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summer of rock

Right before S packed her bags for the cross-Atlantic journey with Munchkin, we went out for a rare night of rock-n-roll in Kigali. Several of our Embassy friends and colleagues play in a cover band, and the set list featured a number of 90s rock classics. It was a bittersweet show – a pointed reminder of the one thing D misses above all else while serving abroad: live music.

Flying back to the States alone several weeks after S and Munchkin had already settled in Maine, D lingered in Europe for a couple of days to attend the Download Festival in France. The headlining bands were straight out of our high school and college days: Green Day, Blink 182, Rancid, Linkin Park, System of a Down. After some 400 live shows over the course of nearly two decades of concert going, D was thrilled for the opportunity to see them again. He had seen all of them live multiple times in their heyday, but – with the exception of Rancid – none in the last fifteen years.

Live music is a good gauge for one’s mortality. Many of the more than 700 bands D has seen perform over the years no longer exist, and most of the ones that still do have stopped releasing new music long ago. The bands whose energy on stage used to thrill D two decades ago have grown soft around the edges, both physically and musically – an apt reflection of D’s own middle age: long gone is his mohawk and the red, blue, and purple hair dyes that used to adorn it, and it’s been a few years since D last stagedived or crowdsurfed at a show.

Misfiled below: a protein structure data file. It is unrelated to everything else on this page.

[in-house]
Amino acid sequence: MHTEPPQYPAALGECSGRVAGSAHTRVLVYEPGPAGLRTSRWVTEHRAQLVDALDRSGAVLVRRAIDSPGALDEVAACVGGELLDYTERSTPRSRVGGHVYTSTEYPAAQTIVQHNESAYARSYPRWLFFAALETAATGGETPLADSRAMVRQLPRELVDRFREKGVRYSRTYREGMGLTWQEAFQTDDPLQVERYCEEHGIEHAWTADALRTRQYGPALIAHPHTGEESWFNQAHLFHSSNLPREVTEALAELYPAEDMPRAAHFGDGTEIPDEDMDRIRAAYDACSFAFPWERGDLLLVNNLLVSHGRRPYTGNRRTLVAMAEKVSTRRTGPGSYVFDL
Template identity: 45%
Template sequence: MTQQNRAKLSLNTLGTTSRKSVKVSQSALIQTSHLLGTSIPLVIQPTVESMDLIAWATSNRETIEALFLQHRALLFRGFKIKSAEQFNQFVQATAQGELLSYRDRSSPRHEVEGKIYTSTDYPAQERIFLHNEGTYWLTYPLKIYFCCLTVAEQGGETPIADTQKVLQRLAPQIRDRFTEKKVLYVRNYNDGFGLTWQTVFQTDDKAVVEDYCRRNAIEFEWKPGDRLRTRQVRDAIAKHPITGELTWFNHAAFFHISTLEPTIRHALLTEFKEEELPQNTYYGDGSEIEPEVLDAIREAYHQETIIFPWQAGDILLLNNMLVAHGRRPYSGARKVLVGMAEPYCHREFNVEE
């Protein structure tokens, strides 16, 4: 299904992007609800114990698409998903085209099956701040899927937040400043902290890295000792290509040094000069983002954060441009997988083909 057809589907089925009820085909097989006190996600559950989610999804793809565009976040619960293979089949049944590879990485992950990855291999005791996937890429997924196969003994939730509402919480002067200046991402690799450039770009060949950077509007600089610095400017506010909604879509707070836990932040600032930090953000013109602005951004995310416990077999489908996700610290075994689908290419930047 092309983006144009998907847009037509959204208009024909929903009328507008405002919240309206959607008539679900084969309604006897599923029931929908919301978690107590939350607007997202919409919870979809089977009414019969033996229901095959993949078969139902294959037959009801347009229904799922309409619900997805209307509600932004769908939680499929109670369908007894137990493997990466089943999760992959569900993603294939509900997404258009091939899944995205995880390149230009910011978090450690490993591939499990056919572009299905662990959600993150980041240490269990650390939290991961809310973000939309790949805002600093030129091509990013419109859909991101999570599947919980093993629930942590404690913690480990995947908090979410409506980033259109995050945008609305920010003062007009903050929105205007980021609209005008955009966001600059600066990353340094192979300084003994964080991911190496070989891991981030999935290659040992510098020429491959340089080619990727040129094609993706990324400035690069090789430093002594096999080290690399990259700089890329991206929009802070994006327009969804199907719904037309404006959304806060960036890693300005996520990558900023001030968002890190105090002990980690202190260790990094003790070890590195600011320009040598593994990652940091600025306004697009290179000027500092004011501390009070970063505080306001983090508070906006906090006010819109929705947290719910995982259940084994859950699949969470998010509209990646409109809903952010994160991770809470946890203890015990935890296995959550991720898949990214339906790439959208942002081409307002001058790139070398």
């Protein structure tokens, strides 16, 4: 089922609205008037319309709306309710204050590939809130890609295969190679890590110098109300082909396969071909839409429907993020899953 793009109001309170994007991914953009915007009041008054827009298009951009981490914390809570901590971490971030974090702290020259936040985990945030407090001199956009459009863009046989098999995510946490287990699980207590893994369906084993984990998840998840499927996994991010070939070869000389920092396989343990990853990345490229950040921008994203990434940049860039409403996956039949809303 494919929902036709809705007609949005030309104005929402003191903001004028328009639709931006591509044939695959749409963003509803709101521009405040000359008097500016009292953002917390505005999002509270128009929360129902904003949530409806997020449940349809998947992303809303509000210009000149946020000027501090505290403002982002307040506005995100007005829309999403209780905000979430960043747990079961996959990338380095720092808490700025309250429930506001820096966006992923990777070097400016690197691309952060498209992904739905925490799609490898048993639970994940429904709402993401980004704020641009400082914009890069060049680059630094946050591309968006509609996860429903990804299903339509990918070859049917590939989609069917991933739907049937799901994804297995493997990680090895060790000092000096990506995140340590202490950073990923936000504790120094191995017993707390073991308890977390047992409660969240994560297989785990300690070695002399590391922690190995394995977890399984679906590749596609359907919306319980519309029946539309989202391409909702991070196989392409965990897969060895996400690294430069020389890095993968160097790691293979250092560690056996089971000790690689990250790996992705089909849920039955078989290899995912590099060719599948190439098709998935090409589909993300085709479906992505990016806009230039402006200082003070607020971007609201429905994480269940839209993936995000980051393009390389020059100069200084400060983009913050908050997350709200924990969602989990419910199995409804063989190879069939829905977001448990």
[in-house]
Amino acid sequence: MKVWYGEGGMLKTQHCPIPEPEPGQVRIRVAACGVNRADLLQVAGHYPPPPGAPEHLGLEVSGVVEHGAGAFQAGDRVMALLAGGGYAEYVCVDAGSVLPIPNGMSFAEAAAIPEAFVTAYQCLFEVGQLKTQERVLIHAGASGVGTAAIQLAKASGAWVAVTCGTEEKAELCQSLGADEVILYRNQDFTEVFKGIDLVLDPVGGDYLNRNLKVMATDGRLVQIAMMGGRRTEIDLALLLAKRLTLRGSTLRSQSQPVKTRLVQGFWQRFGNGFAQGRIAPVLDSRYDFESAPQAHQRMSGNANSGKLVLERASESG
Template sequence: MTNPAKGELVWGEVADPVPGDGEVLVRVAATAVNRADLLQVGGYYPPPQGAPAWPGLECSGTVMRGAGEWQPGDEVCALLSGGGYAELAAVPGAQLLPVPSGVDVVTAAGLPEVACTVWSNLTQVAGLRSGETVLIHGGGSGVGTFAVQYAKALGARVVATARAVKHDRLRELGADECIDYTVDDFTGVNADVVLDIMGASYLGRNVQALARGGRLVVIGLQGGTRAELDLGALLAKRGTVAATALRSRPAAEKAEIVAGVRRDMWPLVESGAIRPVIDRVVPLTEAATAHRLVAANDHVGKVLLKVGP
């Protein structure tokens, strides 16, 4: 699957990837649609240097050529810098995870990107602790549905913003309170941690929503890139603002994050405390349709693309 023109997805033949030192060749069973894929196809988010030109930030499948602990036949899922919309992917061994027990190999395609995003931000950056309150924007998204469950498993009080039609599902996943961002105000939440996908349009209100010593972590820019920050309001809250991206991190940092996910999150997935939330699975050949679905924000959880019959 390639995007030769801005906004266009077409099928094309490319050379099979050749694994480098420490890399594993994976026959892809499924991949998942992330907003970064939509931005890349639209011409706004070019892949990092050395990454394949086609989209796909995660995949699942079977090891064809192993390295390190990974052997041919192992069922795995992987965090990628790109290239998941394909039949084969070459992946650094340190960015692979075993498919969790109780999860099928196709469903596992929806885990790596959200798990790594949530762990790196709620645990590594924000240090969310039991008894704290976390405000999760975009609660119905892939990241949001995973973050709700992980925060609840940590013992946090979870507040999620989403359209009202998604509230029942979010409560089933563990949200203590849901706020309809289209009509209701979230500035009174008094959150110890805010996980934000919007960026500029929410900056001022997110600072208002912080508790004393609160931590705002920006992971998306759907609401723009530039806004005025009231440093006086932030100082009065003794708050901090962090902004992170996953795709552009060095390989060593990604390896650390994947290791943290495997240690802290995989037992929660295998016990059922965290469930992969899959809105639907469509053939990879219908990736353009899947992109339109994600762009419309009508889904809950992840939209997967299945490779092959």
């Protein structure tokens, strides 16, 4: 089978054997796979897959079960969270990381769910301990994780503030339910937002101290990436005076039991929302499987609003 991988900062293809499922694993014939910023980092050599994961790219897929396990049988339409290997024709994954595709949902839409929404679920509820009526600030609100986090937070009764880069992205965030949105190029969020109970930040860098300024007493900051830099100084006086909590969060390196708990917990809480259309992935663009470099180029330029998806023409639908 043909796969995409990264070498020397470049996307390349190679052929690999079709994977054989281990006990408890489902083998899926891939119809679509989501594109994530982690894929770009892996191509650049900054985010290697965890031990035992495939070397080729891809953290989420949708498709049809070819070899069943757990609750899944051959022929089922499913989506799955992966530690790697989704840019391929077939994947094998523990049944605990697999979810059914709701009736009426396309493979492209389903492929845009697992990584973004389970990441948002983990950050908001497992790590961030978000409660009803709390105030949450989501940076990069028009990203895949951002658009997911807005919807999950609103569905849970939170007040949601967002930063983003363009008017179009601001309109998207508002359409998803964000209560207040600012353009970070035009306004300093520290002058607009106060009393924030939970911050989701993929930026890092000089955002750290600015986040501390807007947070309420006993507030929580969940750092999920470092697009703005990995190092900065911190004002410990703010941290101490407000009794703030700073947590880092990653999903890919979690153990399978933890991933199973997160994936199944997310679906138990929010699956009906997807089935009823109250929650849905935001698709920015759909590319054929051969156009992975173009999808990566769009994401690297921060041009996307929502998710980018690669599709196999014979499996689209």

Perhaps this is why the deaths of our beloved musicians affect us so. A slice of our youth dies along with each bright flame that is extinguished. The highlight of the three-day festival was the performance by Prophets of Rage – a super-group comprised of members of Rage Against the Machine, Cypress Hill and Public Enemy. After the dissolution of RATM, these same musicians formed Audioslave with Chris Cornell, whose death shocked the music world last month. As tribute to the legendary singer, Prophets played one of Audioslave’s biggest hits, the powerful melody sweeping over the crowd while the frontman’s microphone sat untouched at center stage.

To reach the air base outside Paris that hosted the Download Festival, attendees had to follow a winding mile-long path that was covered with music-themed graffiti. One quotation struck D in particular. “Growing up is giving up. Stay punk!” it read. A fitting exhortation, and one D very much takes to heart. In addition to the Download Festival, he already has tickets to half a dozen shows for the six weeks he’ll be stateside, as well as a list of others he might add to the mix depending on how close S delivers to her due date.

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